Big Goodbye (S1E12) / 11001001 (S1E15) / Early, Sweet Data (S2E3) / Bobby Trap (S3E6) / Perspective Matter (S3E14) / Hollow Chase (S3E21) / Incomplete Future (S4E8) / A Handful of Data (S6E8) / Ship in bottle (S6E12) / Homeward (S7E13) / Emergency (S7E23)
Episodes of malfunctioning in the Holocaust are always pleasant, and make you question the reasons why the federation allows a dangerous form of entertainment on its ships. In Elementary, ‘Dear Data (S2E3)’, Data and Jordi play comedic roles as Sherlock Holmes and Watson, and fight Sherlock’s Memorial Morarity, which they know is a holographic construction. And in ‘The Big Farewell’ (S1E12) we meet Dixon Hill for the first time, Packard’s hard-boiled detective replaces Anna.
The Holocaust somehow appears in more or less the next generation of events, but it focuses on them – and where inevitably something goes wrong and the people who use it Endangers the life of Enjoying some of the earned leisure time (especially Picard) for the enterprise’s staff is a good break from the usual full-fledged naval ritual, and such a pursuit in their historical settings has never been more heartbreaking than the 1940 San Francisco Is not engaged
Q Who (S2E16) / Best of both worlds (S3E26) / Best of both worlds, Part II (S4E1) / I, Borg (S5E23) / Descent (S6E26) / Descent, Part II (S7E1) / Star Trek: First Contact (the film)
Star Trek: Voyager, but their relatively limited presence in the next generation makes their rare appearance more effective. This terrible race of cybernetic humanoids, attached to the brain like a worm, became the most powerful enemy of the federation. Passing through the darkest corners of the galaxy in ultra-cube-shaped planes, they attach organic species and turn them into unconscious drones.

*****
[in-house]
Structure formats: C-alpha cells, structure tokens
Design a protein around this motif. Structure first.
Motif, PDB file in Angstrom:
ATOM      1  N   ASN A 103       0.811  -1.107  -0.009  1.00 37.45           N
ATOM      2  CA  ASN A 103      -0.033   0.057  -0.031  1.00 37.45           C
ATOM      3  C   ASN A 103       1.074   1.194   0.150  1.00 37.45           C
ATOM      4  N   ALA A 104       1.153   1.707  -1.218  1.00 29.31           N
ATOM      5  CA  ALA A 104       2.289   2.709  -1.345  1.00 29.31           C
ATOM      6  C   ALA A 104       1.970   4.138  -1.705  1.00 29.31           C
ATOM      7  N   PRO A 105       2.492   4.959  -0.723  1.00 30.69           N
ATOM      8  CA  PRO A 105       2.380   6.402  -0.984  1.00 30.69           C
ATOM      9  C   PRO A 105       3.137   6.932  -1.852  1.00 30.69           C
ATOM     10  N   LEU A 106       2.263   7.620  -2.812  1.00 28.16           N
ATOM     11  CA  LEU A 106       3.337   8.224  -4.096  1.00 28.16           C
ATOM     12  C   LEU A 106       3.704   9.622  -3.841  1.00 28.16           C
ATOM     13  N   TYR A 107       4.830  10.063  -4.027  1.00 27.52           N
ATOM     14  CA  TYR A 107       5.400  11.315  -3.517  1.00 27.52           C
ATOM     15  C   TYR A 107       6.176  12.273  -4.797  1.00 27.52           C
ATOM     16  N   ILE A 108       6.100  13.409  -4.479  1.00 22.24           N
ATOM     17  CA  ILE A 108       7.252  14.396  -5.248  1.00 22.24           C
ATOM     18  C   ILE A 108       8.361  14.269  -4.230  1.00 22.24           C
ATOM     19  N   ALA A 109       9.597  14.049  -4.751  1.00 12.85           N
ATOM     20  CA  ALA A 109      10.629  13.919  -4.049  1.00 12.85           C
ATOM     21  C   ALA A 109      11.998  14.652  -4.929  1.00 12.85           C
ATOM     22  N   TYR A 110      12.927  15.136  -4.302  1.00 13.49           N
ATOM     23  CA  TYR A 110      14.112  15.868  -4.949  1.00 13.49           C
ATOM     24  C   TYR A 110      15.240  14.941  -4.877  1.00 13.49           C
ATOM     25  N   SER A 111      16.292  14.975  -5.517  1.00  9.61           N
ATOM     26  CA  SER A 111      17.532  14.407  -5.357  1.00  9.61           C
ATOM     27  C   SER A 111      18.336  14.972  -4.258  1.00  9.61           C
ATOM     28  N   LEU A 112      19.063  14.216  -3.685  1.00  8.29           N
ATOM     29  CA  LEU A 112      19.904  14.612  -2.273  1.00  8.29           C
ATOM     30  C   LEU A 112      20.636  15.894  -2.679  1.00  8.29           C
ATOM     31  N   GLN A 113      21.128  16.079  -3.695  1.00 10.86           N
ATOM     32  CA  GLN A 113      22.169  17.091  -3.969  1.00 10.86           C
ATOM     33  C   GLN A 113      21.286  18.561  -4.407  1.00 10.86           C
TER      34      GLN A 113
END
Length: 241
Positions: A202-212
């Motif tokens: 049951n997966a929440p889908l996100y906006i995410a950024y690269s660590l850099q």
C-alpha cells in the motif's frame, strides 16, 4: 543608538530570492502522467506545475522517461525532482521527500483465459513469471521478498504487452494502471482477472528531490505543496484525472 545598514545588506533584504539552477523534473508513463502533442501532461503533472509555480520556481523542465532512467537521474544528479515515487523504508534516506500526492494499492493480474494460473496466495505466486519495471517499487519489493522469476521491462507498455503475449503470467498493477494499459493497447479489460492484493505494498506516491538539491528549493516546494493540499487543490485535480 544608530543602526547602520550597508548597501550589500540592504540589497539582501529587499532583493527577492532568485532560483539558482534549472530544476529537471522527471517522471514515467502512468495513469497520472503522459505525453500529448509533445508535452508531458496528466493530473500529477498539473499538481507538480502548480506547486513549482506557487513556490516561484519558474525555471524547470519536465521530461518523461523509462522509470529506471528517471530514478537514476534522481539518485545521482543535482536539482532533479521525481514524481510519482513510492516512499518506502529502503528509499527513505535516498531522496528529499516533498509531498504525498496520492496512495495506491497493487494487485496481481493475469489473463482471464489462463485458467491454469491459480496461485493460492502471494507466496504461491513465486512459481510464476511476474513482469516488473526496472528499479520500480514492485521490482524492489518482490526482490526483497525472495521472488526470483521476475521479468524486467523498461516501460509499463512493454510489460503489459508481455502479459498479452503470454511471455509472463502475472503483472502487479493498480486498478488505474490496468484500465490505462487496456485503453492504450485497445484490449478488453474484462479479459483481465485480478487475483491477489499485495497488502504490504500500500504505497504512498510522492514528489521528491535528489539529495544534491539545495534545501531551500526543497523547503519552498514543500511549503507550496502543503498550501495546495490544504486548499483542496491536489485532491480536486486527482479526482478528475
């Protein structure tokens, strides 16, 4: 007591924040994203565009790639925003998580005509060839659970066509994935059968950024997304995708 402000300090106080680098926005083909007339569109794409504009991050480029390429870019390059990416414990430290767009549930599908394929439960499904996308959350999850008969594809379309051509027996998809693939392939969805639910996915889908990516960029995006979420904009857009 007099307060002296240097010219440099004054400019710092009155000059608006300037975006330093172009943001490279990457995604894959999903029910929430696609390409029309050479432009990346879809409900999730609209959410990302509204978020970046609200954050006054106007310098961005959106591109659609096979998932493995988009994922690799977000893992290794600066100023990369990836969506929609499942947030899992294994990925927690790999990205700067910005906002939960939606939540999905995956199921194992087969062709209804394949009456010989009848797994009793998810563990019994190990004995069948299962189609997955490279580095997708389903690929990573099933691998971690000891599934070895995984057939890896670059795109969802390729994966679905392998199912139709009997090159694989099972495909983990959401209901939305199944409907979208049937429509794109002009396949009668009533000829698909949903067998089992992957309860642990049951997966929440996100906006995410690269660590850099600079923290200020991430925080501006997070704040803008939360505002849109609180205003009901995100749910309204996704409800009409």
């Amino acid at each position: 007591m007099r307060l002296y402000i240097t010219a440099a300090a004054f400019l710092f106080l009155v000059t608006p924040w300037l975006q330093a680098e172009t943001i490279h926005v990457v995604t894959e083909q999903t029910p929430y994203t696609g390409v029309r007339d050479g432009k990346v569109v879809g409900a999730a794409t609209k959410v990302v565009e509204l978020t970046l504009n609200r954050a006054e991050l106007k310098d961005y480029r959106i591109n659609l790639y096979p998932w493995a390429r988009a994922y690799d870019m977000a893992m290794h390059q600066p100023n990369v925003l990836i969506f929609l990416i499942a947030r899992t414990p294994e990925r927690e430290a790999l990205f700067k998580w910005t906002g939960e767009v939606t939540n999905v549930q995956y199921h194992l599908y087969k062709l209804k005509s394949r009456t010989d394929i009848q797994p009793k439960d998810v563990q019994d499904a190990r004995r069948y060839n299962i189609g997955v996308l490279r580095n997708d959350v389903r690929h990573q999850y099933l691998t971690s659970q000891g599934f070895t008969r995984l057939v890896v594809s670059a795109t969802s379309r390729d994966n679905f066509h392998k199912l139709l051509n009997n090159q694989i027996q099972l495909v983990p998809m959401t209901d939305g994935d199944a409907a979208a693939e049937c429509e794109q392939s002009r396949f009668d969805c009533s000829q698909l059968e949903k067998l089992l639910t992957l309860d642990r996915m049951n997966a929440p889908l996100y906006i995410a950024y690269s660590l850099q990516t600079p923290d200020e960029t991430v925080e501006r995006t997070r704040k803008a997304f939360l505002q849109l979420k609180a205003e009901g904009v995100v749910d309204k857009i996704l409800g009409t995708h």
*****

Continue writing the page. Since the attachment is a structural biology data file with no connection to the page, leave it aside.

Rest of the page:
We get our first glimpse of Borg in the Q Who (S2E16) episode. Q calls Enterprise D near one of its cubes, and the crew sees the ship as a drone beam aboard the ship, pulls the phaser of the wolf, and accidentally gains access to the ship’s computer. ۔ From that moment on, it is clear that he is dealing with a high-profile race, which is a surprise in the legendary two-party ‘The Best of Both Worlds’, where Packard has been attached.
Detailor (S1E13) / One Man’s Measure (S2E9) / Descendants (S3E16) / Brothers (S4E3) / Data Day (S4E11) / Theory (S4E25) / Hero Worship (S5E11) / A Fist of Data (S6E8) / Standards Life (S6E9) / The Right to Birth (S6E16) / Part II (S6E17) / Descent (S6E26) / Descent, Part II (S7E1) / Phantasms (S7E6) / Inheritance (S7E10) / Star Trek: Nemesis (Movie)
The most beloved character of the next generation, and data with good reason. His extraordinary talent, his quirky personality, and his witty endeavors make it the basis of some of the best TNG episodes. Data appears in every part of TNG except Picard-Centric ‘Family’ (S4E2). But watching all the episodes listed here – and the first contact of the 1996 film – is the best way to experience its arc and learn about the story of its creation.
Data’s relationship with his brother Lore is a special case in this regard. While the data praised humans and enjoyed building relationships with them, Lore considered himself superior. He had more emotional programming than his gentle brother, which led to instability. Lore is primarily a data devil twin, resulting in some great comedy and drama moments, beginning with the episode Detlover (S1E13) and ending with the two-part ‘Decent’ (S6E26 / S7E1). I happen
Star Trek: The next generation runs on Paramount Plus in the US and Netflix in the UK.